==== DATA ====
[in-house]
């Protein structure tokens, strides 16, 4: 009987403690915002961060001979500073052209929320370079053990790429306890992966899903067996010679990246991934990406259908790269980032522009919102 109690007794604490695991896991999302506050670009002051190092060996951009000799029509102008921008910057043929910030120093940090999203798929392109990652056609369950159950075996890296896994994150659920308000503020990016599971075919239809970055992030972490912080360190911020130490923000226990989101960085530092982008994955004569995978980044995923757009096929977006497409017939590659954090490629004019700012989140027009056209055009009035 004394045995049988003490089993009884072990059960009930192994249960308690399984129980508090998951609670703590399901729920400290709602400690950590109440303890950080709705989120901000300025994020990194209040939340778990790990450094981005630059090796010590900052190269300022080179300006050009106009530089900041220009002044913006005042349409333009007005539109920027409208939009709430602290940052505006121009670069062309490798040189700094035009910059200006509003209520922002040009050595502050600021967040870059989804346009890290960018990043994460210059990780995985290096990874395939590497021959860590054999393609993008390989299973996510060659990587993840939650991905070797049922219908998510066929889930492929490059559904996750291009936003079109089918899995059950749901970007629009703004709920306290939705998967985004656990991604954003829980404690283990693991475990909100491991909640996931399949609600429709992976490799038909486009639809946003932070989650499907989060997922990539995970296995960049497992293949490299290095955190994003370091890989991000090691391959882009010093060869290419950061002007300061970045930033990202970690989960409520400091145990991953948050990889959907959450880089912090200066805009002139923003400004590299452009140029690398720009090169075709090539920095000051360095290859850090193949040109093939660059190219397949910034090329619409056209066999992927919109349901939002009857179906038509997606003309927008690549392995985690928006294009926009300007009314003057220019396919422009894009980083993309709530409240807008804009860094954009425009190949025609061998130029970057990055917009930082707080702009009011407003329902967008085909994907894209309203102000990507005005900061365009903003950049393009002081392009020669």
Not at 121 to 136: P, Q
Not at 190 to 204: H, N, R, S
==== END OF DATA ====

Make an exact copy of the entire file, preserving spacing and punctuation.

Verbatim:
[in-house]
């Protein structure tokens, strides 16, 4: 009987403690915002961060001979500073052209929320370079053990790429306890992966899903067996010679990246991934990406259908790269980032522009919102 109690007794604490695991896991999302506050670009002051190092060996951009000799029509102008921008910057043929910030120093940090999203798929392109990652056609369950159950075996890296896994994150659920308000503020990016599971075919239809970055992030972490912080360190911020130490923000226990989101960085530092982008994955004569995978980044995923757009096929977006497409017939590659954090490629004019700012989140027009056209055009009035 004394045995049988003490089993009884072990059960009930192994249960308690399984129980508090998951609670703590399901729920400290709602400690950590109440303890950080709705989120901000300025994020990194209040939340778990790990450094981005630059090796010590900052190269300022080179300006050009106009530089900041220009002044913006005042349409333009007005539109920027409208939009709430602290940052505006121009670069062309490798040189700094035009910059200006509003209520922002040009050595502050600021967040870059989804346009890290960018990043994460210059990780995985290096990874395939590497021959860590054999393609993008390989299973996510060659990587993840939650991905070797049922219908998510066929889930492929490059559904996750291009936003079109089918899995059950749901970007629009703004709920306290939705998967985004656990991604954003829980404690283990693991475990909100491991909640996931399949609600429709992976490799038909486009639809946003932070989650499907989060997922990539995970296995960049497992293949490299290095955190994003370091890989991000090691391959882009010093060869290419950061002007300061970045930033990202970690989960409520400091145990991953948050990889959907959450880089912090200066805009002139923003400004590299452009140029690398720009090169075709090539920095000051360095290859850090193949040109093939660059190219397949910034090329619409056209066999992927919109349901939002009857179906038509997606003309927008690549392995985690928006294009926009300007009314003057220019396919422009894009980083993309709530409240807008804009860094954009425009190949025609061998130029970057990055917009930082707080702009009011407003329902967008085909994907894209309203102000990507005005900061365009903003950049393009002081392009020669």
Not at 121 to 136: P, Q
Not at 190 to 204: H, N, R, S